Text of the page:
Flavor is like that multi-tool. Most Magic cards find their way with zero problems from Design to Development to print, but some get stranded along the way - and flavor busts out its Swiss-army-knife-like versatility to provide the right tool for the job.
Welcome once again to Savor the Flavor, magicthegathering.com's column on Magic flavor and backstory. I'm your usual Thursday host, Doug Beyer. Planar Chaos represented a particularly twisty journey from brains to boosters, especially for its color-warping "timeshifted" cards. Today we take a look at some of Planar Chaos's timeshifted cards with an eye toward the role that flavor played in their color-shifts.
Hedge Troll =>; Red
Planar Chaos's Sedge Troll represents an Alpha classic ported from green to red. There's a bit of a stretch in seeing Hedge Troll's size and stats fit on a red creature, but not a huge stretch. Red and green are historically both "troll colors," and black certainly has its share of regeneration abilities. The name Sedge Troll is a clever bit of mirroring flavor that we're pretty proud of - a sedge is a kind of rush plant that grows in wetlands, hence "Sedge Troll." Editing wasn't terribly happy that we wanted Sedge Troll's flavor text in Planar Chaos to mirror the idiosyncratic style of the original Alpha Hedge Troll - it's in first person, yet isn't quoted or attributed, which we just don't do anymore. But the point was for this to be a Hedge Troll timeshifted from an alternate Alpha, right? The Magic editors eventually relented and let us do our quirky homage. Armchair editors in the audience, please aim your ire at yours truly.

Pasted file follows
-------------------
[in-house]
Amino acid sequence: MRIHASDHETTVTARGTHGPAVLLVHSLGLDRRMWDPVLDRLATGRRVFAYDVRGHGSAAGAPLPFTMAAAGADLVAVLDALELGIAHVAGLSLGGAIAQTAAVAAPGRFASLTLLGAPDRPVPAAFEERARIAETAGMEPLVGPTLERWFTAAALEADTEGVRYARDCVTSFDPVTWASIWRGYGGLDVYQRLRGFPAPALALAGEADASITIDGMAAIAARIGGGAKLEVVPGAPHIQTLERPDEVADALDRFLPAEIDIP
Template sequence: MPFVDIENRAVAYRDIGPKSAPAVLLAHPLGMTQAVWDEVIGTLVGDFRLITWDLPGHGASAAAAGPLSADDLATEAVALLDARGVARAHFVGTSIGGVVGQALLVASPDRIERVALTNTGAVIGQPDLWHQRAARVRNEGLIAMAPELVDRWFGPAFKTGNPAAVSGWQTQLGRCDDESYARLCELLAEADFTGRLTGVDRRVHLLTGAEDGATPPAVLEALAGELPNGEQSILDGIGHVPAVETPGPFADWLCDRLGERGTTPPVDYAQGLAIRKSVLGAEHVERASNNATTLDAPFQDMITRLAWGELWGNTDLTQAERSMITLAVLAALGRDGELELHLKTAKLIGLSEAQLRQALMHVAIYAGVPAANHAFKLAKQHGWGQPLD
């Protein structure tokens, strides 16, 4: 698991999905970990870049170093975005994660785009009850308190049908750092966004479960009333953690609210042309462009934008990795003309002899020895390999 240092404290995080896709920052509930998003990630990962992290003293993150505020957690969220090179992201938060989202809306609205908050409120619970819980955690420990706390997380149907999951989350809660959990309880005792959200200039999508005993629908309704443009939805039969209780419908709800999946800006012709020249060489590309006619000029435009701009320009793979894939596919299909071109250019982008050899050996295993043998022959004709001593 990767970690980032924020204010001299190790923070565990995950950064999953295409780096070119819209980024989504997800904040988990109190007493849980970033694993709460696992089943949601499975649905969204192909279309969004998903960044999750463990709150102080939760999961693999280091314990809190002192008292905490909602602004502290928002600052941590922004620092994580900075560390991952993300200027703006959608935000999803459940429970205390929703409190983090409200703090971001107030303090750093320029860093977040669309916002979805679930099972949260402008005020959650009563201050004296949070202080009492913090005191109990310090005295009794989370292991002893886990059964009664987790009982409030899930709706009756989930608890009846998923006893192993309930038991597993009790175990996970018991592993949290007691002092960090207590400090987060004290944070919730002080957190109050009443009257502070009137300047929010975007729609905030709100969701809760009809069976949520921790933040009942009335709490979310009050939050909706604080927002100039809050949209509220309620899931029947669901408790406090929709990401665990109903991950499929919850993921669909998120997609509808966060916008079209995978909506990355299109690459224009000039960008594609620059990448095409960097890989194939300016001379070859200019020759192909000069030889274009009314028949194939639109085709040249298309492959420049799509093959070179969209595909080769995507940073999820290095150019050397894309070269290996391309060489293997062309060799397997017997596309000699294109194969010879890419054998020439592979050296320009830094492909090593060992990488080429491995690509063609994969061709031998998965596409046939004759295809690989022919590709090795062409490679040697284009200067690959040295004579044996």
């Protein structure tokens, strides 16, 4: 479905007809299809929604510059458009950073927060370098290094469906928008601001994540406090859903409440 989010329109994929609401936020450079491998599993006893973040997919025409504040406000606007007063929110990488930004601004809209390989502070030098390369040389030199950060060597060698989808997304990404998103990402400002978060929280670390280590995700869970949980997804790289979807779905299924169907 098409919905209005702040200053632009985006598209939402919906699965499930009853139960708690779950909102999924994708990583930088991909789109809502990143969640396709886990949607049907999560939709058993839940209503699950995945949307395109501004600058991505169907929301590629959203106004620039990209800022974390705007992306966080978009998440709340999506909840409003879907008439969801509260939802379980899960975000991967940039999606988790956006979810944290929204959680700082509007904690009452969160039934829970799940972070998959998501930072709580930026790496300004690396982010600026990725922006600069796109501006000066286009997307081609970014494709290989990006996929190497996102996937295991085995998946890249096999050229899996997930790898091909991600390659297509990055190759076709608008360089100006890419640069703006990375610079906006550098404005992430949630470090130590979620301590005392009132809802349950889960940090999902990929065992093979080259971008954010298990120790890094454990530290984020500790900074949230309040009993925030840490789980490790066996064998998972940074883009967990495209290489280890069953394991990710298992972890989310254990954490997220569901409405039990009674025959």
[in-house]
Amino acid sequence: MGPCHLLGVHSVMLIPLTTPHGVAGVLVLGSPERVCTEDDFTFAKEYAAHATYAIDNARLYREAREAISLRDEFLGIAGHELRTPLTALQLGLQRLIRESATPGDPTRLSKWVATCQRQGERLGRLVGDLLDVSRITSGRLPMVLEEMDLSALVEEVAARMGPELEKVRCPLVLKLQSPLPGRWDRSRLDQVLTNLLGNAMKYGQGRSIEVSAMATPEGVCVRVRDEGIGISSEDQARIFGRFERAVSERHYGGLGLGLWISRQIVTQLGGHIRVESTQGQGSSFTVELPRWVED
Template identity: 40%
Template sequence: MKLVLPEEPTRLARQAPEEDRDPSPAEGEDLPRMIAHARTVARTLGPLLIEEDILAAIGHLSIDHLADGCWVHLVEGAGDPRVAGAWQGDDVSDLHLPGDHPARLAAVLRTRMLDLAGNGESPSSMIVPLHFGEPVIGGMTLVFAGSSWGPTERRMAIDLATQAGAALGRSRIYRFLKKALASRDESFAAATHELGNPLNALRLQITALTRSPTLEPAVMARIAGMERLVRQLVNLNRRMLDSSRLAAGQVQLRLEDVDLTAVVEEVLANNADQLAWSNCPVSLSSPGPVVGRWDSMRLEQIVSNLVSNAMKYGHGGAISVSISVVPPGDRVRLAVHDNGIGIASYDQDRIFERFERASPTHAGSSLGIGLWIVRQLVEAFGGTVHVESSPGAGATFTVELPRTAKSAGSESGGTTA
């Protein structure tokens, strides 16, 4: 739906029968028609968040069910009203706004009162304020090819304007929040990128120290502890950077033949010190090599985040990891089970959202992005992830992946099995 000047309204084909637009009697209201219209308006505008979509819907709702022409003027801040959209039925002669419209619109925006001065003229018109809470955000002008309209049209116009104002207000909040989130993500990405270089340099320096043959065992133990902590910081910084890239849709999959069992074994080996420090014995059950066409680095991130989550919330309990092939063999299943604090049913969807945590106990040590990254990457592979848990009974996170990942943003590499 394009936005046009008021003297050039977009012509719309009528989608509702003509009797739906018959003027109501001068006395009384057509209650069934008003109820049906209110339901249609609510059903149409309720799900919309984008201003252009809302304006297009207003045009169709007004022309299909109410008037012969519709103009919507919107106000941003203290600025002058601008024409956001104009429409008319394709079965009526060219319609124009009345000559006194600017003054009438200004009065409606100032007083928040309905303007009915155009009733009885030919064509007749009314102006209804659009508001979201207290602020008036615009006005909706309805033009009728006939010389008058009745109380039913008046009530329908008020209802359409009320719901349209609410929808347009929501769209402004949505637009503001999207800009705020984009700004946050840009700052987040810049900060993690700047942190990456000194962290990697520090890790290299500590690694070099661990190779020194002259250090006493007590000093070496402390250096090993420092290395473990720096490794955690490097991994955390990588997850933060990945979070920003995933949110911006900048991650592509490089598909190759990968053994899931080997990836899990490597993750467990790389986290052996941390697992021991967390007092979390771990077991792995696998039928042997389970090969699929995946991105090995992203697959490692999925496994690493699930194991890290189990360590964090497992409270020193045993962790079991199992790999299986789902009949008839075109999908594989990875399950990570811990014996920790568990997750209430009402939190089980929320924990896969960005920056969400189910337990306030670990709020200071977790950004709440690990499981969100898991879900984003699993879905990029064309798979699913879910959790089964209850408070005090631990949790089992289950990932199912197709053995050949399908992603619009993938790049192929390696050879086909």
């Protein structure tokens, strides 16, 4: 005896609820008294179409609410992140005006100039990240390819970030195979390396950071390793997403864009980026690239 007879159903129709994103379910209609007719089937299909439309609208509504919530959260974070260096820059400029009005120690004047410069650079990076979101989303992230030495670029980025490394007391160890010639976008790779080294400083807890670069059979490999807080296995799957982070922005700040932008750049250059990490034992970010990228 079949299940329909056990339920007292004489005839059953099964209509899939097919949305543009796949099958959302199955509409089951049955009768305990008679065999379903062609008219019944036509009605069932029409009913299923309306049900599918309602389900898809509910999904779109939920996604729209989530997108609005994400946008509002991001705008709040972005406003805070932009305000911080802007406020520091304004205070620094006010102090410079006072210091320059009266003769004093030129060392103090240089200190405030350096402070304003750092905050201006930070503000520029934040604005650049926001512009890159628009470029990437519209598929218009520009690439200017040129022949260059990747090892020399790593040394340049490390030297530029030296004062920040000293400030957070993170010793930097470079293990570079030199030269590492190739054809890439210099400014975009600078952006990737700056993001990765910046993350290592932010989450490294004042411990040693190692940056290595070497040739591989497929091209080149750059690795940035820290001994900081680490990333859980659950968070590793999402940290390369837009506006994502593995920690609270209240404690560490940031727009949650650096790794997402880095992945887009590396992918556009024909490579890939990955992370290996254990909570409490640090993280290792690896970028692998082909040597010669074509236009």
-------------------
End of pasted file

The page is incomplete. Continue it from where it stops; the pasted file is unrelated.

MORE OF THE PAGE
Serra Sphinx =>; White
Ever since Alpha we've known Serra as a blue figure, an intellectual sphinx planeswalker, the most brilliant of a race of sphinxes who lap insight from the mana-charged pools of their home Realm. In the alternate reality of Planar Chaos, instead she's a white-aligned battle angel, a warrior less concerned with reading the future and more concerned with battling for justice. We know that this white-aligned Serra commands a legion of angels like the one depicted in the card, but we would have to speculate about the rest. Would Urza have sought the aid of the white-aligned Serra in his fight against his evil progeny Gerrard? It's hard to know, but her sword of justice may have done him more good than the dour predictions of our own blue-aligned Serra.
Prodigal Pyromancer =>; Blue